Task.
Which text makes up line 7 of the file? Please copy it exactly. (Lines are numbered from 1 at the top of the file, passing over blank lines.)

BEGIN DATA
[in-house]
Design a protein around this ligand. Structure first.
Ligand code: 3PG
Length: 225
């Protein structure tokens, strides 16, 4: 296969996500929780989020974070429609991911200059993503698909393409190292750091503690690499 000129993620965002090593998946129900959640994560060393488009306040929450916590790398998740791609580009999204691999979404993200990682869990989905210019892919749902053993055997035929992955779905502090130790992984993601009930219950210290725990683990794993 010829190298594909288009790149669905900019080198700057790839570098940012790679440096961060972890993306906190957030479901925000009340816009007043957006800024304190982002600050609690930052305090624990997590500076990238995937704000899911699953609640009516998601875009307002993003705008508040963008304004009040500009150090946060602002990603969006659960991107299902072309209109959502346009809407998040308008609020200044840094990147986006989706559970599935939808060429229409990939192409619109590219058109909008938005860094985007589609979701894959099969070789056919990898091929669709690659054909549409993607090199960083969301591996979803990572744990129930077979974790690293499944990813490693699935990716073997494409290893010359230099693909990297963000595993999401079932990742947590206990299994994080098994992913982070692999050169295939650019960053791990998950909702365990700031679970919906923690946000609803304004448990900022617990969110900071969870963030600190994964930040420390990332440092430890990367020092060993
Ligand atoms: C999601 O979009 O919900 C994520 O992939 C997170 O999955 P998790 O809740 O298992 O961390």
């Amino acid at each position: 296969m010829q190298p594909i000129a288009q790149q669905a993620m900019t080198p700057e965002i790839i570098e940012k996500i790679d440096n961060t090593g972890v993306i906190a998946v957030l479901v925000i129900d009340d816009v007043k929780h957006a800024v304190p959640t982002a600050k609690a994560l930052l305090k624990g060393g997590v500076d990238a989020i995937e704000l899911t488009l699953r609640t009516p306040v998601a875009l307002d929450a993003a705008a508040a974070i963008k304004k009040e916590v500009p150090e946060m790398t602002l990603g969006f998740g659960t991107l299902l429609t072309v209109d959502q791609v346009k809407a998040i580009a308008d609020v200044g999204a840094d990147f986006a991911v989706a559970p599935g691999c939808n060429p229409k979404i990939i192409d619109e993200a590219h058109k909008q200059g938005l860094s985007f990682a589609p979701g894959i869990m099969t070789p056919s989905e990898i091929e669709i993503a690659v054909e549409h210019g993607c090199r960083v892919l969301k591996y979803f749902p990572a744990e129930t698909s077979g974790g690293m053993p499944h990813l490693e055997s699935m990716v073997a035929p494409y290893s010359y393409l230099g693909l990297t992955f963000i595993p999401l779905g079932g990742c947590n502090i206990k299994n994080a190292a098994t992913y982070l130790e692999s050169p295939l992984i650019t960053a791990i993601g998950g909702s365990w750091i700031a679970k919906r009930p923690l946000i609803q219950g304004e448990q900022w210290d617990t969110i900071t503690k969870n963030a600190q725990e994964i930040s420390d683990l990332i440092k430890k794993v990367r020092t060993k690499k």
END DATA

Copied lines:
């Amino acid at each position: 296969m010829q190298p594909i000129a288009q790149q669905a993620m900019t080198p700057e965002i790839i570098e940012k996500i790679d440096n961060t090593g972890v993306i906190a998946v957030l479901v925000i129900d009340d816009v007043k929780h957006a800024v304190p959640t982002a600050k609690a994560l930052l305090k624990g060393g997590v500076d990238a989020i995937e704000l899911t488009l699953r609640t009516p306040v998601a875009l307002d929450a993003a705008a508040a974070i963008k304004k009040e916590v500009p150090e946060m790398t602002l990603g969006f998740g659960t991107l299902l429609t072309v209109d959502q791609v346009k809407a998040i580009a308008d609020v200044g999204a840094d990147f986006a991911v989706a559970p599935g691999c939808n060429p229409k979404i990939i192409d619109e993200a590219h058109k909008q200059g938005l860094s985007f990682a589609p979701g894959i869990m099969t070789p056919s989905e990898i091929e669709i993503a690659v054909e549409h210019g993607c090199r960083v892919l969301k591996y979803f749902p990572a744990e129930t698909s077979g974790g690293m053993p499944h990813l490693e055997s699935m990716v073997a035929p494409y290893s010359y393409l230099g693909l990297t992955f963000i595993p999401l779905g079932g990742c947590n502090i206990k299994n994080a190292a098994t992913y982070l130790e692999s050169p295939l992984i650019t960053a791990i993601g998950g909702s365990w750091i700031a679970k919906r009930p923690l946000i609803q219950g304004e448990q900022w210290d617990t969110i900071t503690k969870n963030a600190q725990e994964i930040s420390d683990l990332i440092k430890k794993v990367r020092t060993k690499k």